Rationalizing Love

Allyson Robinson has a post with notes from a presentation by Virginia Ramey Mollenkott about the seven reasons why “congregations should embrace the trans community.”

Frankly, the whole thing just creeps me out.

Why the hell do we have to justify our inclusion in congegations?  What other humans have to do that?

Why do we ask for them to embrace our “community,”  whatever that is?  Shouldn’t they just embrace transpeople as people, and not as members of some projected identity group?

I’m not going to argue that Ms. Mollenkott has detailed some of the gifts that transpeople can bring to a congregation.   We do offer a view beyond boundaries of expectations, a statement of common humanity and all that.

But more than that, we offer a chance for people of faith to open their hearts to a calling in others that is stigmatized and shunned.  We offer a chance to for congregations to open themselves up and defend the faith by being love, rather than defending the faithful by offering rules of separation and comfort.

At root, though, I guess I balk at casting transpeople as shibboleth, tokens that allow others to see lessons of faith or doubt.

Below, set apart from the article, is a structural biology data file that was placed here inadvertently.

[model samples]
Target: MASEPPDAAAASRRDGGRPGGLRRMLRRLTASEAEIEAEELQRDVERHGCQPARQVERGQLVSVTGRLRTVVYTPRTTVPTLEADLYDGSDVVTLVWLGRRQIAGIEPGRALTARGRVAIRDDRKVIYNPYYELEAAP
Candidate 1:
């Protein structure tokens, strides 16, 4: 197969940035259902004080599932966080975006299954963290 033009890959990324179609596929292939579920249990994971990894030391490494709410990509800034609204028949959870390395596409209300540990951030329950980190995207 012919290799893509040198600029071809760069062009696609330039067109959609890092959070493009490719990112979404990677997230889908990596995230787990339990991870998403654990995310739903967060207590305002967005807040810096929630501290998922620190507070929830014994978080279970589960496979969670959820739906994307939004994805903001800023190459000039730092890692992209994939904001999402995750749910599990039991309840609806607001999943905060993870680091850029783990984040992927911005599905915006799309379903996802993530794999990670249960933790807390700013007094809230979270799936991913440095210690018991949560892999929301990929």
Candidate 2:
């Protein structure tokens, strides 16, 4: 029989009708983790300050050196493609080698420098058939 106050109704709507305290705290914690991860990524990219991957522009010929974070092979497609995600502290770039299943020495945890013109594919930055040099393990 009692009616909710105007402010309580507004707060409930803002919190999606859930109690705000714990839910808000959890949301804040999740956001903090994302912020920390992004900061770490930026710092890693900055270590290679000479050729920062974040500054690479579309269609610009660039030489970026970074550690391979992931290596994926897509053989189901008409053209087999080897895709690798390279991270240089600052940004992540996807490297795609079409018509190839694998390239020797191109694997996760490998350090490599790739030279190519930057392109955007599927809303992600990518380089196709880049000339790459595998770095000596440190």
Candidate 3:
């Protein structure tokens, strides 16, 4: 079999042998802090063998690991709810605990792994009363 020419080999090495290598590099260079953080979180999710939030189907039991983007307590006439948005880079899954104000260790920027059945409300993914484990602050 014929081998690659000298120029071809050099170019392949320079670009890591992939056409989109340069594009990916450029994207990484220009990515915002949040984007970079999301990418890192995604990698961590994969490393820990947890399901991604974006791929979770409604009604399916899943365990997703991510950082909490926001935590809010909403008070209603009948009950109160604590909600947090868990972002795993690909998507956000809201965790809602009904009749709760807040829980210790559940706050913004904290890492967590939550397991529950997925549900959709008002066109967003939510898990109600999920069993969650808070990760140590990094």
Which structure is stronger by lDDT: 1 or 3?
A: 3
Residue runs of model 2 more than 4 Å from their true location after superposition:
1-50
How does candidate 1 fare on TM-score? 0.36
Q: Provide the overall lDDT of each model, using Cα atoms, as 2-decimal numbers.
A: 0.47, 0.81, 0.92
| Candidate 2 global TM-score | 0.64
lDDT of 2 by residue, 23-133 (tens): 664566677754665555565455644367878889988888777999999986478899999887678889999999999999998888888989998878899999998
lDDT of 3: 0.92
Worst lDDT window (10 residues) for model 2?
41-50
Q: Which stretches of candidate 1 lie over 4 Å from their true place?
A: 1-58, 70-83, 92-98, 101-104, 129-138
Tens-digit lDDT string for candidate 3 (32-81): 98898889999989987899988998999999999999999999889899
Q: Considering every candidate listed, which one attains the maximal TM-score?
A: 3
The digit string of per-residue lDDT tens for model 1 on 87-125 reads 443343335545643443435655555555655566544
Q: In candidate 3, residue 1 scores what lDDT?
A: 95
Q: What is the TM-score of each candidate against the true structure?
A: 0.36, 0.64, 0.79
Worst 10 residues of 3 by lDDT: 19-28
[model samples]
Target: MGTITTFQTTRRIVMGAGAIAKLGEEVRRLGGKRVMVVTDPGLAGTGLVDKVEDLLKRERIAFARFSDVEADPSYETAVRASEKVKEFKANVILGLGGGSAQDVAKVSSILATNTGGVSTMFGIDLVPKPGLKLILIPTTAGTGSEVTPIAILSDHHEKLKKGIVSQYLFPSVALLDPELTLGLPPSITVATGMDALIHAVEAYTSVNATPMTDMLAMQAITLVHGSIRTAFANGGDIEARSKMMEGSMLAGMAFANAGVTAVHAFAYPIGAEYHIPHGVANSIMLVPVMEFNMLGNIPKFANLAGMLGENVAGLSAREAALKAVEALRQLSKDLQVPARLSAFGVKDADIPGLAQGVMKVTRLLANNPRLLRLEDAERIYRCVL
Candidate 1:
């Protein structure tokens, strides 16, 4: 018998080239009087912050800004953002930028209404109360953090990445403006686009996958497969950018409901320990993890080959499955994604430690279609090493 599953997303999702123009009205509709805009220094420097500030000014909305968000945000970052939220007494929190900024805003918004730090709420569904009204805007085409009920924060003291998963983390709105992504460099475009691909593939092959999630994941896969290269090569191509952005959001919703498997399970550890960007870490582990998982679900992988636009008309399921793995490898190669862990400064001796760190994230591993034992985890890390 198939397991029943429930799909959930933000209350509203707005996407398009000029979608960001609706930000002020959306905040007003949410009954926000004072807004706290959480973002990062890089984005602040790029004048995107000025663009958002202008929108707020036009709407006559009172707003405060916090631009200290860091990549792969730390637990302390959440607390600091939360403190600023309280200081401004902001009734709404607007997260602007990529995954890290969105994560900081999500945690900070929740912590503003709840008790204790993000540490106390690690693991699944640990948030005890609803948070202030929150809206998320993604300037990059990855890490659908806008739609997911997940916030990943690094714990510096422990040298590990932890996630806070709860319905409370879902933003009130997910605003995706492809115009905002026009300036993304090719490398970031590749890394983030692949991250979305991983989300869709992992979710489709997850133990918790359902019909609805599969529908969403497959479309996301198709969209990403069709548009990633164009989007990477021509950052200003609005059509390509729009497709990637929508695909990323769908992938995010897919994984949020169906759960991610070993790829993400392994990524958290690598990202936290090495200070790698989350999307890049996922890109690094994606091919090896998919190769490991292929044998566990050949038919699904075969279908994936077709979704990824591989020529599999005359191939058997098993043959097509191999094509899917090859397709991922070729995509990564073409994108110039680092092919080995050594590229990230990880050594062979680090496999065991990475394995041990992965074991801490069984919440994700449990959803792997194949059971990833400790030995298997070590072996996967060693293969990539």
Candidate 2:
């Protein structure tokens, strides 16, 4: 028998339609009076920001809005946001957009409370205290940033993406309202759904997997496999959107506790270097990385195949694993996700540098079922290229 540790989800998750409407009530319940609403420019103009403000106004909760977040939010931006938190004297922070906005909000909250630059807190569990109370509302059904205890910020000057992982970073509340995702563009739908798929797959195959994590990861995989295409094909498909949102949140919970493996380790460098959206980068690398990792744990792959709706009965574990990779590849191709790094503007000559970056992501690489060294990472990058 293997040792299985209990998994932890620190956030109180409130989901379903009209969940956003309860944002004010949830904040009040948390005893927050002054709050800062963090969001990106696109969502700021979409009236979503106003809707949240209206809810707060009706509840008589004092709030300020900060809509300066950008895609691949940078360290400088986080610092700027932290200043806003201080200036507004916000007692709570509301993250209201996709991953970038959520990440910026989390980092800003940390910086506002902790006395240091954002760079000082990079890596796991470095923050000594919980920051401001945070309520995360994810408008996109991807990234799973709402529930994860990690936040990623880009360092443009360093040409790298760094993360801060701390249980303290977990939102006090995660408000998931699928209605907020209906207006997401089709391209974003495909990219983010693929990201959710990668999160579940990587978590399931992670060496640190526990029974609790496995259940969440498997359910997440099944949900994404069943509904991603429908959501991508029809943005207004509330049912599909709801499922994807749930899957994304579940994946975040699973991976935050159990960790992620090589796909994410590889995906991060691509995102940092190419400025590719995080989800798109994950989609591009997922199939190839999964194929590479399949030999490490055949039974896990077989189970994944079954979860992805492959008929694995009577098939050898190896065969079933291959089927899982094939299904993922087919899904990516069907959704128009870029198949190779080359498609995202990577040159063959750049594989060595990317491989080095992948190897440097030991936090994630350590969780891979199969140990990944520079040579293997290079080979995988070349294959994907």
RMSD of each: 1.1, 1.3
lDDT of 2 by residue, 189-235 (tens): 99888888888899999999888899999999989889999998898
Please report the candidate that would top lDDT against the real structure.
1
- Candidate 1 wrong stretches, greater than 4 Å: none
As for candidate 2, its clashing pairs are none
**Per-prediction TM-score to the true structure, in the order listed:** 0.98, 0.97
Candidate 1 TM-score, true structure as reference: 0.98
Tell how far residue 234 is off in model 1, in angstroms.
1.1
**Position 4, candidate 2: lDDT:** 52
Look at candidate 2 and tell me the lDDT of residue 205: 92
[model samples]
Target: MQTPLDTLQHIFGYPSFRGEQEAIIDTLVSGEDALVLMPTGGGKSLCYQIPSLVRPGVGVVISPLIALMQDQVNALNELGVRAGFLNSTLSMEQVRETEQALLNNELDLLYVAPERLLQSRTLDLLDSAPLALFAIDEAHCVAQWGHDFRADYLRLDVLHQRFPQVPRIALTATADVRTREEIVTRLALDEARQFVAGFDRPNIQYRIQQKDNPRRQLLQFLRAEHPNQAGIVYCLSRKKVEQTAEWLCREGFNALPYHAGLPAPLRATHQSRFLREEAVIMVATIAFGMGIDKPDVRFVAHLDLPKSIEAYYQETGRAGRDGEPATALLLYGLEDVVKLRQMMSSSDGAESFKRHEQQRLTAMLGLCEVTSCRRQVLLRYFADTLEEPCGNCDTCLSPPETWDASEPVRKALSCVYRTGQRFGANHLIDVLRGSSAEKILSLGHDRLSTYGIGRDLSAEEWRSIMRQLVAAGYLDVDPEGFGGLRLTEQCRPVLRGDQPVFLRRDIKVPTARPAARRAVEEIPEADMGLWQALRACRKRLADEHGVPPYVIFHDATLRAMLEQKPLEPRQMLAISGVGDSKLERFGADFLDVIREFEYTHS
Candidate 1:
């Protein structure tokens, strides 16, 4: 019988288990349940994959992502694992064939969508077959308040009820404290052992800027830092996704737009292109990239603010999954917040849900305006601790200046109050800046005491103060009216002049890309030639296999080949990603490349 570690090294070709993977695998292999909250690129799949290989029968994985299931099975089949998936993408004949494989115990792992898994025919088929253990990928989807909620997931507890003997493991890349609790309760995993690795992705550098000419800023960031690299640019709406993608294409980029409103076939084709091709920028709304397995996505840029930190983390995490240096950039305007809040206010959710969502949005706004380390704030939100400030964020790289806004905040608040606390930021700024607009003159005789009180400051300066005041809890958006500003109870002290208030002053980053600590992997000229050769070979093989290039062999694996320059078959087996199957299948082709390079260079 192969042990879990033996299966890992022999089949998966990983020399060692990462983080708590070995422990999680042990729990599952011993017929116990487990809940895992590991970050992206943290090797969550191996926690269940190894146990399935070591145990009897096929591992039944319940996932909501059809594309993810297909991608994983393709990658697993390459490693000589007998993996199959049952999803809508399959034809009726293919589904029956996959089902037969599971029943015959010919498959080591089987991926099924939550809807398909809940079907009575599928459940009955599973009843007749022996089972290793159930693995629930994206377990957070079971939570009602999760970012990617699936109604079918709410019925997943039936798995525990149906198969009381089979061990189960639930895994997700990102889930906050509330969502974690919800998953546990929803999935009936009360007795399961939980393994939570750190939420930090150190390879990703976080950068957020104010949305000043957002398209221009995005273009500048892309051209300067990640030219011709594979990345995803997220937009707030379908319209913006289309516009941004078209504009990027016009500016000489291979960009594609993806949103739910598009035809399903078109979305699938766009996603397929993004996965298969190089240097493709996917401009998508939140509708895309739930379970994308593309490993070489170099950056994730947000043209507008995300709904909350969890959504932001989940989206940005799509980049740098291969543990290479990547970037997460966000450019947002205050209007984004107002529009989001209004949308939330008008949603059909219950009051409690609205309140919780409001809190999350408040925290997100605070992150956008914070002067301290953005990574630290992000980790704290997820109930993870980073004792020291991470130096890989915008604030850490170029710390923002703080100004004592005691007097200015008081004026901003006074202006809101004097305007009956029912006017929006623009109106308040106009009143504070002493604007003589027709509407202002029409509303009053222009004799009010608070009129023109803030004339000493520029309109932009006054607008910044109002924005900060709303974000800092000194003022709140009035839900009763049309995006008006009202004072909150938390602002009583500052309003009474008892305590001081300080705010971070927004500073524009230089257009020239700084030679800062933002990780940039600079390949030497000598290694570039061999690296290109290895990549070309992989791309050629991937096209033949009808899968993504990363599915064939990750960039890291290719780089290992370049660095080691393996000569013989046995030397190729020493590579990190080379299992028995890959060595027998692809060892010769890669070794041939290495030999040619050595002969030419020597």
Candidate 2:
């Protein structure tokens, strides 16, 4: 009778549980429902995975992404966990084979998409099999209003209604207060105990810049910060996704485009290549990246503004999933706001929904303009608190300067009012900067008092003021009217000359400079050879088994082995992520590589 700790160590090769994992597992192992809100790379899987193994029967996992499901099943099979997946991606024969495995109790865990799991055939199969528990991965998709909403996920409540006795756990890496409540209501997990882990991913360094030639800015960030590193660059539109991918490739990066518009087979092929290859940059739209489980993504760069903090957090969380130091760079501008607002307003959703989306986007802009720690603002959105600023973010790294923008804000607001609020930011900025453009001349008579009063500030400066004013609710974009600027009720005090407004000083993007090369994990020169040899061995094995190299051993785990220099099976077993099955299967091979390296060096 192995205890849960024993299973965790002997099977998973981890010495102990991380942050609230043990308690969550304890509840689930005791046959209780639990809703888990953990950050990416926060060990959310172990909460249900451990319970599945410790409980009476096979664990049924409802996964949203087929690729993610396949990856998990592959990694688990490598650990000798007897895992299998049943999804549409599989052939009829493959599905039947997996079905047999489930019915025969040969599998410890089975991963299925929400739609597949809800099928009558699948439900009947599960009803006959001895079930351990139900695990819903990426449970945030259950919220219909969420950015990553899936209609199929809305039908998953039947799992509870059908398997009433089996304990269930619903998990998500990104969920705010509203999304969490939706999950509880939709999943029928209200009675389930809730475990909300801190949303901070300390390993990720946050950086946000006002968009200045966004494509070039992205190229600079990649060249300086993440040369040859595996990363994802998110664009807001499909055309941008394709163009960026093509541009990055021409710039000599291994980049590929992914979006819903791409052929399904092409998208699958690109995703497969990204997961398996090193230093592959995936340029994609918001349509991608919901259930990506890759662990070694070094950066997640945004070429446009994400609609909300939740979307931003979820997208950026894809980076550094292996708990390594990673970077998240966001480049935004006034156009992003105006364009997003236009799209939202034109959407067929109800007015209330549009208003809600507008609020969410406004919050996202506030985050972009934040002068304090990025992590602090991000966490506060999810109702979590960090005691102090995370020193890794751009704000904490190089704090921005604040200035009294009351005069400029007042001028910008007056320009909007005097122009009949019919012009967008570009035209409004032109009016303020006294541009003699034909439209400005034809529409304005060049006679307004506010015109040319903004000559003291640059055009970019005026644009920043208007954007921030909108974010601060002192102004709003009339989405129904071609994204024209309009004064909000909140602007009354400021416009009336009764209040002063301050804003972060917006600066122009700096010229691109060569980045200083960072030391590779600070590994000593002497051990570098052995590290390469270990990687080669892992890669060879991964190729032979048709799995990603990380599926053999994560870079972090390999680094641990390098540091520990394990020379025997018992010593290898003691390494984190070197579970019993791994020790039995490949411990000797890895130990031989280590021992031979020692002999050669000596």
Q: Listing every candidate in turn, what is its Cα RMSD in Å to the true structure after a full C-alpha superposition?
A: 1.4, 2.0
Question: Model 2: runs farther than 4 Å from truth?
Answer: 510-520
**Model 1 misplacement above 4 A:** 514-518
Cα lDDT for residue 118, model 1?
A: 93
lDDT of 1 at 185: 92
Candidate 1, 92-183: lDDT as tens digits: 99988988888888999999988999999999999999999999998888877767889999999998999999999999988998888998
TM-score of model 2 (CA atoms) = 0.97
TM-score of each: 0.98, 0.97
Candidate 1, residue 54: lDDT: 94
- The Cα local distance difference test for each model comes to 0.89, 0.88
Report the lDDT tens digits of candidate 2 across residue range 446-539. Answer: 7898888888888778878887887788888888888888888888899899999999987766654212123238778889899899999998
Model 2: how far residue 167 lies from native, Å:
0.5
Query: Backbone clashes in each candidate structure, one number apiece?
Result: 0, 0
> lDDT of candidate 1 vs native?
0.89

In my experience, every transperson I have ever met has been a human, beautiful and wounded, eternal and bloody.  Each one of us offers our own set of gifts and challenges to any community that we enter. Not all of us come as spiritual mentors, and even if we do come as that, well, we also come as hurting humans.

There are things to be learned from engaging transgender, but they are basically the same things to be learned by engaging any trans, engaging any liminal space where people walk between group identities and reveal a fundamental humanity in the light of essential difference.   In the end, the ultimate lesson is always that our greatest power comes where we cross worlds, whatever that means, because it is in the connection and fusion of what some may see as separate that we bring the spark of the divine.

I value the idea that transpeople have gifts to offer, and that many have seen those gifts over time and cultures.   Those gifts come from removing expectations of separation and embracing commonality, no doubt.

To me, religious groups should embrace all their members.  They should help each and every one of their members make better and more inspired choices, choices that more reflect divine and universal love and less reflect immediate self-interest.

And that’s why, I guess, the idea having to justify our presence in communities of faith just creeps me out.